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Belarus, Ukraine, Russia activists win Nobel Peace Prize

The Nobel Peace Prize has been given to a jailed activist from Belarus as well as two organisations from Russia and Ukraine for promoting democracy and human rights. As a rebuke to two authoritarian governments, the choice to honour Ales Bialiatsky, Russia’s Memorial, and the Ukrainian Center for Civil Liberties.

In December of last year, Russia forcibly closed Memorial in advance of Vladimir Putin’s decision to invade Ukraine. Alexander Lukashenko protests led to the imprisonment of Bialiatsky. The CCL of Ukraine has kept tabs on political repression and atrocities committed in regions of the nation that Russia has invaded or annexed.

All three had made “an excellent effort to expose war crimes, human rights abuses, and the misuse of power,” according to Berit Reiss-Andersen, head of the Norwegian Nobel Committee, who spoke to reporters.

She responded that the Nobel prize was always given “for something and to somebody and not against anyone” when asked if the committee was making a statement to Russia’s president on the occasion of his 70th birthday.

Belarus’s long-time ruler is a close ally of President Putin. After a re-election in 2020 that was widely condemned as rigged, he brutally cracked down on protesters and then allowed Russian forces to use his country as a launchpad in its war against Ukraine.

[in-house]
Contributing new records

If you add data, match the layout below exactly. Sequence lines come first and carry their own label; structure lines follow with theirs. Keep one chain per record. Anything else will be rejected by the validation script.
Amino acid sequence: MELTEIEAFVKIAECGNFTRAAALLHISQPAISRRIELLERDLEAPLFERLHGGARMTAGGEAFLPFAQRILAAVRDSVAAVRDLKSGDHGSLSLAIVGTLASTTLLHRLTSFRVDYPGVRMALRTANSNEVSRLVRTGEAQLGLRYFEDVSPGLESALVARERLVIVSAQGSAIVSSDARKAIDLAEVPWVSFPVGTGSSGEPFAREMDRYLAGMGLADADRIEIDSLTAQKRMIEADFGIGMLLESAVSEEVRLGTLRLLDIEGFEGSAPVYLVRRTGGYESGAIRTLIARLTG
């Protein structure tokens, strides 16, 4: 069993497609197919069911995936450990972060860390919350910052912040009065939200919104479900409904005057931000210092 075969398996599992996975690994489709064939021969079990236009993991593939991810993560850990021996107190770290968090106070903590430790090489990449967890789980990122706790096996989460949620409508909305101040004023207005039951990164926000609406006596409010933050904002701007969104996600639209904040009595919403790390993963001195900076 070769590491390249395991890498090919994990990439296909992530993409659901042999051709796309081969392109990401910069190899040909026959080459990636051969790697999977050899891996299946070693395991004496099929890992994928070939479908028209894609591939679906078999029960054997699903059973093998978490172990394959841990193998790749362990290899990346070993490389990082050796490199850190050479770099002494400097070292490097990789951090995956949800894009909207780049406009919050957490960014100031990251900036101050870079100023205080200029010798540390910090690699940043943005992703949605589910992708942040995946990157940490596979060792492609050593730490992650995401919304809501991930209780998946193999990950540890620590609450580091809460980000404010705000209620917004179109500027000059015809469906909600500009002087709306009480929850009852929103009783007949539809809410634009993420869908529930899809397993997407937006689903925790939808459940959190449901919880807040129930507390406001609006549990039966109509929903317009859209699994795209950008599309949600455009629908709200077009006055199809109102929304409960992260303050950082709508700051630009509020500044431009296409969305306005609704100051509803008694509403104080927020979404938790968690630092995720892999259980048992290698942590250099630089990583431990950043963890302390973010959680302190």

Ales Bialiatsky, 60, established the civil rights organisation Viasna, which is Belarusian for spring, in 1996, two years after Mr. Lukashenko took office. He was first imprisoned in 2011, and last year, he was again incarcerated without being given a reason. He is one of the 1,348 individuals that Viasna claims are being imprisoned as political prisoners in Belarus at the moment.

Svetlana Tikhanovskaya, an exiled opposition activist, hailed the Nobel committee for “recognising all Belarusians struggling for freedom and democracy,” and Natallia Pinchuk, Bialiatsky’s wife, said she was “overwhelmed with emotion.”

A spokesman for the Minsk foreign ministry claimed that Alfred Nobel was “turning in his grave” as a result of the awarding of the Nobel Peace Prize to Bialiatsky.

Picture Courtesy: Google/images are subject to copyright

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